Going on the internet was becoming clutter for me. I felt like I was spending too much time reading news sites, or checking email and facebook. Afterwards I felt a loss. Like I was missing a part of myself. I think I was doing it to feel more connected, but I ended up feeling more separate. Also, I felt like I always had to have my phone near me in case someone needed to reach me. That left me feeling adrenlized, which was exhausting. I knew I had to do something different.
Luckily I heard about a book called, The Power of Off: the Mindful Way to Stay Sane in a Virtual World, by Nancy Colier. She kindly talks about how to take back your life from the pull of device and internet technology, so you can reconnect with yourself.
One of the things Nancy wrote about that rang true for me is that the internet and cell phones are 24 hour machines. At any moment we can receive a call, text, email, snapchat, facetime, or a news text. As a result, part of us is always waiting and ready. We’ve become relentlessly available. That continual alertness is exhausting. It’s like we become robots. We don’t notice the stress of living this way because many other people live this way. It seems like the new normal. Nancy recommended curiously noticing how you actually interact with your phone and the internet. When you feel to check your phone for texts, or email, or to go online and look up information, stop and ask, “Why am I doing this?” Basically it’s a way to take the attention off of the devices and put it back on ourselves. I can attest to this.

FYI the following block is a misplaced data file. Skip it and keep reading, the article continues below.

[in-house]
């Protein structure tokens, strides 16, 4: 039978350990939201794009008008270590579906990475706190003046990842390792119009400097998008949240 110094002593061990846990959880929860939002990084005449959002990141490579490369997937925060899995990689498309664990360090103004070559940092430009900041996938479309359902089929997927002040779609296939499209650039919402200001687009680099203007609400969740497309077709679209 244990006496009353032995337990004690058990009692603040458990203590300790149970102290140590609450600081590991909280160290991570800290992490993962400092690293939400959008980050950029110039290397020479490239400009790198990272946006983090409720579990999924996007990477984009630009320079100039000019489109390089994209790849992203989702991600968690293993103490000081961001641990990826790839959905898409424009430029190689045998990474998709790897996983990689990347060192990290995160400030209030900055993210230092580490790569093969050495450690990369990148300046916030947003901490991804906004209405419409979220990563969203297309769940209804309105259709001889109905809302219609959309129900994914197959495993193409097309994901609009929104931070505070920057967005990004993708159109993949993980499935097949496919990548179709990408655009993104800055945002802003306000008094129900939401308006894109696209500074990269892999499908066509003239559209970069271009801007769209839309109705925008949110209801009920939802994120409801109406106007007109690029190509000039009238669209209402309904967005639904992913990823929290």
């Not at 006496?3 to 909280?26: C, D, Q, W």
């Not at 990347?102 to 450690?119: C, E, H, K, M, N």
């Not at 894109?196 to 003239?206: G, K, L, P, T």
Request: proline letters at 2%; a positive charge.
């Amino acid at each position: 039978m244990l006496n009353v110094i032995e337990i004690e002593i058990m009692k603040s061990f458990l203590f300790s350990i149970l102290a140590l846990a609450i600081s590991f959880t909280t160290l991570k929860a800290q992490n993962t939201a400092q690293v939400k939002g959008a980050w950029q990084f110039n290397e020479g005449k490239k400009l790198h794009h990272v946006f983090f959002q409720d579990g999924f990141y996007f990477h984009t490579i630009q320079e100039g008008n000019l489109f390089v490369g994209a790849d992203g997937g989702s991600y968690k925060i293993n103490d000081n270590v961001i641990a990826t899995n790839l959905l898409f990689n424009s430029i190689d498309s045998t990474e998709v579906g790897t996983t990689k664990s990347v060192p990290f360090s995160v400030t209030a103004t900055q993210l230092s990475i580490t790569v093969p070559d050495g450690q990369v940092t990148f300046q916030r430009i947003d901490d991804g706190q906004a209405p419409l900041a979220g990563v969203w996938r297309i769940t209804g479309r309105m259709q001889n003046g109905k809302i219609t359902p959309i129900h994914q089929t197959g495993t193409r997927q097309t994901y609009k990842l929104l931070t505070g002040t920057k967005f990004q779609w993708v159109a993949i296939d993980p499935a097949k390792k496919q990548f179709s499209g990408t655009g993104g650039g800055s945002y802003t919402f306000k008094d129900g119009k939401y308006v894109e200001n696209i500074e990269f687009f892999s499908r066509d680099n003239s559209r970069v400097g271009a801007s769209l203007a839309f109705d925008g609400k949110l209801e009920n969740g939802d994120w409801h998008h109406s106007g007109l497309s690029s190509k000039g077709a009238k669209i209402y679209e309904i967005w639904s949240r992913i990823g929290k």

This experience has been a nice reminder to me that it’s important for me to have time where I’m not available, where I can float in the moment, where my mind isn’t occupied on information or facts. I need these private times to recharge and get back my sense of self.